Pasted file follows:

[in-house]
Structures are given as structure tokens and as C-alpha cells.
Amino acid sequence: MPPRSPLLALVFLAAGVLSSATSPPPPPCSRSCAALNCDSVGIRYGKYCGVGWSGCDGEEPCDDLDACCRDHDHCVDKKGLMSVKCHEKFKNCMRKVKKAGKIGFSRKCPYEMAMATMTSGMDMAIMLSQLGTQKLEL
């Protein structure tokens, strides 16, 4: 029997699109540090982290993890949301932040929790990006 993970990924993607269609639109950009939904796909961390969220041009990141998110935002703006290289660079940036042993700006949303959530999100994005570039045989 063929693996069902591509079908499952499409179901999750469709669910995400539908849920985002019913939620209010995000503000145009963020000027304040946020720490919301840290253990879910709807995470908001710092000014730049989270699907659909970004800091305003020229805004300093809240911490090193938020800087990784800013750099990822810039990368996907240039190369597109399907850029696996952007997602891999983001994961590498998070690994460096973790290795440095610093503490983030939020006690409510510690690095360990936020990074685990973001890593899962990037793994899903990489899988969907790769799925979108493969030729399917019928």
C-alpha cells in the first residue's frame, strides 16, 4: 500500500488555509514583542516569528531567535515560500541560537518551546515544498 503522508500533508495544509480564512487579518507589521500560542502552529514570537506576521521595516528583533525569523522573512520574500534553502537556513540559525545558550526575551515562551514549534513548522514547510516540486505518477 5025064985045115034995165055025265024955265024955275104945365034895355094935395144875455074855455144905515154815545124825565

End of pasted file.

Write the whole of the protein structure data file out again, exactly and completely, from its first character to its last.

[in-house]
Structures are given as structure tokens and as C-alpha cells.
Amino acid sequence: MPPRSPLLALVFLAAGVLSSATSPPPPPCSRSCAALNCDSVGIRYGKYCGVGWSGCDGEEPCDDLDACCRDHDHCVDKKGLMSVKCHEKFKNCMRKVKKAGKIGFSRKCPYEMAMATMTSGMDMAIMLSQLGTQKLEL
């Protein structure tokens, strides 16, 4: 029997699109540090982290993890949301932040929790990006 993970990924993607269609639109950009939904796909961390969220041009990141998110935002703006290289660079940036042993700006949303959530999100994005570039045989 063929693996069902591509079908499952499409179901999750469709669910995400539908849920985002019913939620209010995000503000145009963020000027304040946020720490919301840290253990879910709807995470908001710092000014730049989270699907659909970004800091305003020229805004300093809240911490090193938020800087990784800013750099990822810039990368996907240039190369597109399907850029696996952007997602891999983001994961590498998070690994460096973790290795440095610093503490983030939020006690409510510690690095360990936020990074685990973001890593899962990037793994899903990489899988969907790769799925979108493969030729399917019928």
C-alpha cells in the first residue's frame, strides 16, 4: 500500500488555509514583542516569528531567535515560500541560537518551546515544498 503522508500533508495544509480564512487579518507589521500560542502552529514570537506576521521595516528583533525569523522573512520574500534553502537556513540559525545558550526575551515562551514549534513548522514547510516540486505518477 5025064985045115034995165055025265024955265024955275104945365034895355094935395144875455074855455144905515154815545124825565